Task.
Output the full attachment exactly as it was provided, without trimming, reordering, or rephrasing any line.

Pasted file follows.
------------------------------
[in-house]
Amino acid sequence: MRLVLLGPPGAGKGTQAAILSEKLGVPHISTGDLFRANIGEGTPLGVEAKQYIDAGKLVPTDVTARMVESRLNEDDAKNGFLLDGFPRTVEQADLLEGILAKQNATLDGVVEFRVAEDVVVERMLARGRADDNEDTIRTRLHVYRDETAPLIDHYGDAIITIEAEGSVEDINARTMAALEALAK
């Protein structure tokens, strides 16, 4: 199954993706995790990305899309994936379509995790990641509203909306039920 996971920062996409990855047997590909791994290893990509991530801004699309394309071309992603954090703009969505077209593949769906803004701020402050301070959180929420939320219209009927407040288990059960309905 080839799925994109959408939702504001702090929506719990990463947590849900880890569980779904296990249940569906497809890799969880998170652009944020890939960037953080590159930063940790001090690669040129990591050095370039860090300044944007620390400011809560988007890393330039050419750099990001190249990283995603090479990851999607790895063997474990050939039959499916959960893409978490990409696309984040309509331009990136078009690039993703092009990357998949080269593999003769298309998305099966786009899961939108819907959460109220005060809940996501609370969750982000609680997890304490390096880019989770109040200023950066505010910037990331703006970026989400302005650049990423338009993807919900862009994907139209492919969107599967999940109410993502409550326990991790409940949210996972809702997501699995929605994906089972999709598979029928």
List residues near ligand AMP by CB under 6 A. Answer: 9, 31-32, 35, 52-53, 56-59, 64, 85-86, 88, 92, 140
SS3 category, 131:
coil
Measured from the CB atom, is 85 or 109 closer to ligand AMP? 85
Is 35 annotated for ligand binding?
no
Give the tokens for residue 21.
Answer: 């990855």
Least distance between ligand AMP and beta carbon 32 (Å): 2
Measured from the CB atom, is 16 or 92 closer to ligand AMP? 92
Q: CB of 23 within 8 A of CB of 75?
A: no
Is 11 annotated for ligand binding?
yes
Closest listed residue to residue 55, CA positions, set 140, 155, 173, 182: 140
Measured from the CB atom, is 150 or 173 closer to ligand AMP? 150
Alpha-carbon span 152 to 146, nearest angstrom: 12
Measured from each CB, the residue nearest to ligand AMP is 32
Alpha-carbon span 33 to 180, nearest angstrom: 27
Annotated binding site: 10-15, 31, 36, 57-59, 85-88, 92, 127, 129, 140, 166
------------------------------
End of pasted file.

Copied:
[in-house]
Amino acid sequence: MRLVLLGPPGAGKGTQAAILSEKLGVPHISTGDLFRANIGEGTPLGVEAKQYIDAGKLVPTDVTARMVESRLNEDDAKNGFLLDGFPRTVEQADLLEGILAKQNATLDGVVEFRVAEDVVVERMLARGRADDNEDTIRTRLHVYRDETAPLIDHYGDAIITIEAEGSVEDINARTMAALEALAK
């Protein structure tokens, strides 16, 4: 199954993706995790990305899309994936379509995790990641509203909306039920 996971920062996409990855047997590909791994290893990509991530801004699309394309071309992603954090703009969505077209593949769906803004701020402050301070959180929420939320219209009927407040288990059960309905 080839799925994109959408939702504001702090929506719990990463947590849900880890569980779904296990249940569906497809890799969880998170652009944020890939960037953080590159930063940790001090690669040129990591050095370039860090300044944007620390400011809560988007890393330039050419750099990001190249990283995603090479990851999607790895063997474990050939039959499916959960893409978490990409696309984040309509331009990136078009690039993703092009990357998949080269593999003769298309998305099966786009899961939108819907959460109220005060809940996501609370969750982000609680997890304490390096880019989770109040200023950066505010910037990331703006970026989400302005650049990423338009993807919900862009994907139209492919969107599967999940109410993502409550326990991790409940949210996972809702997501699995929605994906089972999709598979029928």
List residues near ligand AMP by CB under 6 A. Answer: 9, 31-32, 35, 52-53, 56-59, 64, 85-86, 88, 92, 140
SS3 category, 131:
coil
Measured from the CB atom, is 85 or 109 closer to ligand AMP? 85
Is 35 annotated for ligand binding?
no
Give the tokens for residue 21.
Answer: 């990855």
Least distance between ligand AMP and beta carbon 32 (Å): 2
Measured from the CB atom, is 16 or 92 closer to ligand AMP? 92
Q: CB of 23 within 8 A of CB of 75?
A: no
Is 11 annotated for ligand binding?
yes
Closest listed residue to residue 55, CA positions, set 140, 155, 173, 182: 140
Measured from the CB atom, is 150 or 173 closer to ligand AMP? 150
Alpha-carbon span 152 to 146, nearest angstrom: 12
Measured from each CB, the residue nearest to ligand AMP is 32
Alpha-carbon span 33 to 180, nearest angstrom: 27
Annotated binding site: 10-15, 31, 36, 57-59, 85-88, 92, 127, 129, 140, 166